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Qing Miao
University of Melbourne
  1.  49
    Examining the Cognitive and Affective Trust-Based Mechanisms Underlying the Relationship Between Ethical Leadership and Organisational Citizenship: A Case of the Head Leading the Heart?Alexander Newman, Kohyar Kiazad, Qing Miao & Brian Cooper - 2014 - Journal of Business Ethics 123 (1):113-123.
    In this paper, we investigate the trust-based mechanisms underlying the relationship between ethical leadership and followers’ organisational citizenship behaviours (OCBs). Based on three-wave survey data obtained from 184 employees and their supervisors, we find that ethical leadership leads to higher levels of both affective and cognitive trust. In addition, we find support for a three-path mediational model, where cognitive trust and affective trust, in turn, mediate the relationship between ethical leadership and follower OCBs. That is to say, we found that (...)
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    Personal Motives, Moral Disengagement, and Unethical Decisions by Entrepreneurs: Cognitive Mechanisms on the “Slippery Slope”.Robert A. Baron, Hao Zhao & Qing Miao - 2015 - Journal of Business Ethics 128 (1):107-118.
    Entrepreneurs sometimes make unethical decisions that have devastating effects on their companies, stakeholders, and themselves. We suggest that insights into the origins of such actions can be acquired through attention to personal motives and their impact on moral disengagement—a cognitive process that deactivates moral self-regulation, thus enabling individuals to behave in ways inconsistent with their own values. We hypothesize that entrepreneurs’ motivation for financial gains is positively related to moral disengagement, while their motivation for self-realization is negatively related to this (...)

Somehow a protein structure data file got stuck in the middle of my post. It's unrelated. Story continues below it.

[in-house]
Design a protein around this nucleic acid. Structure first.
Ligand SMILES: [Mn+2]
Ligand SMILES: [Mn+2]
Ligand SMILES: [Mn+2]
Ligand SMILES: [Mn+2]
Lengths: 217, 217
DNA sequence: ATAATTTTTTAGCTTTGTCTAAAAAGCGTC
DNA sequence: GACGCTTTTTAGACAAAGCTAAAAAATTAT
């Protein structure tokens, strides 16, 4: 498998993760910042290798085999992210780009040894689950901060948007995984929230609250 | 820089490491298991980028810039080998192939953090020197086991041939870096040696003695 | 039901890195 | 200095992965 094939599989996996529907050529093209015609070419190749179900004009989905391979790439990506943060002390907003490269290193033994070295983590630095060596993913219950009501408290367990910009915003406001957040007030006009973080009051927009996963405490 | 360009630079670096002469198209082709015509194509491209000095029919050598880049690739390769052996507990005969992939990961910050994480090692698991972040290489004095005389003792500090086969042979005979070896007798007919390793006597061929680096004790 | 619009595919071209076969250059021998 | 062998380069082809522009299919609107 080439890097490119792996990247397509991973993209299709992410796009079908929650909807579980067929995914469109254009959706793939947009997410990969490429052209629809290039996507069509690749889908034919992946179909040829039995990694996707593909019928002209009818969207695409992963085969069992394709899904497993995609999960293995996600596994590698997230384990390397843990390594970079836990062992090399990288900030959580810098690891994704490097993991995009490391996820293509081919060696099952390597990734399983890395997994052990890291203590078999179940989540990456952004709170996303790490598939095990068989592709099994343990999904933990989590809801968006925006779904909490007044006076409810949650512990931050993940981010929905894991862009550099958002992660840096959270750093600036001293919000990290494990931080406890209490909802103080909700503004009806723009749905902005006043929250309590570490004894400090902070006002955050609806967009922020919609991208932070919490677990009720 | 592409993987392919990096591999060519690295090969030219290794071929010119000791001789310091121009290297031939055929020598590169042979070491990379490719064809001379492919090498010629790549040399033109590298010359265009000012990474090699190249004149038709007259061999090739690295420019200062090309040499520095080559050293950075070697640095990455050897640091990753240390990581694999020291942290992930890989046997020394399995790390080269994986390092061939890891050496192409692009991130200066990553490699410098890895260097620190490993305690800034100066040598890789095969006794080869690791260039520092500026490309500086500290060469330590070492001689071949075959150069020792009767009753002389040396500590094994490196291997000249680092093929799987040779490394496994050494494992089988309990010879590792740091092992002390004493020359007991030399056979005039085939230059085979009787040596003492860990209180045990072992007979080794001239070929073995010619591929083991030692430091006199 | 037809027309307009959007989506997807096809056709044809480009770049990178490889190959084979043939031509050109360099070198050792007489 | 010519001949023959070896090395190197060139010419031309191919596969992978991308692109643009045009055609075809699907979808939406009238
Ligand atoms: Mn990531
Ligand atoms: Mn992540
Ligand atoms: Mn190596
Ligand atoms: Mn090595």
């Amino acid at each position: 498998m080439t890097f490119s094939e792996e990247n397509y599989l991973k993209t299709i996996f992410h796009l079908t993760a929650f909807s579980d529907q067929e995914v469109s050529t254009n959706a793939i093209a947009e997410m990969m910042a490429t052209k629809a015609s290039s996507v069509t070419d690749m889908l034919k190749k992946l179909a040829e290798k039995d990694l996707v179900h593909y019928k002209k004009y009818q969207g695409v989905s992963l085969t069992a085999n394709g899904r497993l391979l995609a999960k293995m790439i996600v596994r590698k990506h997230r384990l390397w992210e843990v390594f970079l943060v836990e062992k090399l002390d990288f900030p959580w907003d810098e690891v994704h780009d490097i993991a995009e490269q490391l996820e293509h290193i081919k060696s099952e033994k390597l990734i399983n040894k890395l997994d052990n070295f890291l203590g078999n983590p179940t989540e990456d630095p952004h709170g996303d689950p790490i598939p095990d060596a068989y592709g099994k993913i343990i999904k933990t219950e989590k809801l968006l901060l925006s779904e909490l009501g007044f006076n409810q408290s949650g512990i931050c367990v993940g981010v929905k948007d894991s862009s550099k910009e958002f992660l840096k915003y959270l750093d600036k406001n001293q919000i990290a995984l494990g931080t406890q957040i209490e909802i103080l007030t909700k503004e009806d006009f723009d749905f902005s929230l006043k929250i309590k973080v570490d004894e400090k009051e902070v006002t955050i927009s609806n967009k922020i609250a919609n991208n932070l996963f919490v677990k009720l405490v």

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    Antecedents of Duty Orientation and Follower Work Behavior: The Interactive Effects of Perceived Organizational Support and Ethical Leadership.Nathan Eva, Alexander Newman, Qing Miao, Dan Wang & Brian Cooper - 2018 - Journal of Business Ethics 161 (3):627-639.
    Drawing on social exchange theory, the present study seeks to understand how ethical leaders channel followers’ responses to positive treatment from the organization into a dutiful mindset, resulting in in-role and extra-role performance. Specifically, it examines the influence of perceived organizational support on both followers’ job performance and organizational citizenship behaviors, and the mediating effects of duty orientation on such relationships. In addition, it examines whether the mediated effects are contingent on the ethical leadership exhibited by the team leader. Based (...)
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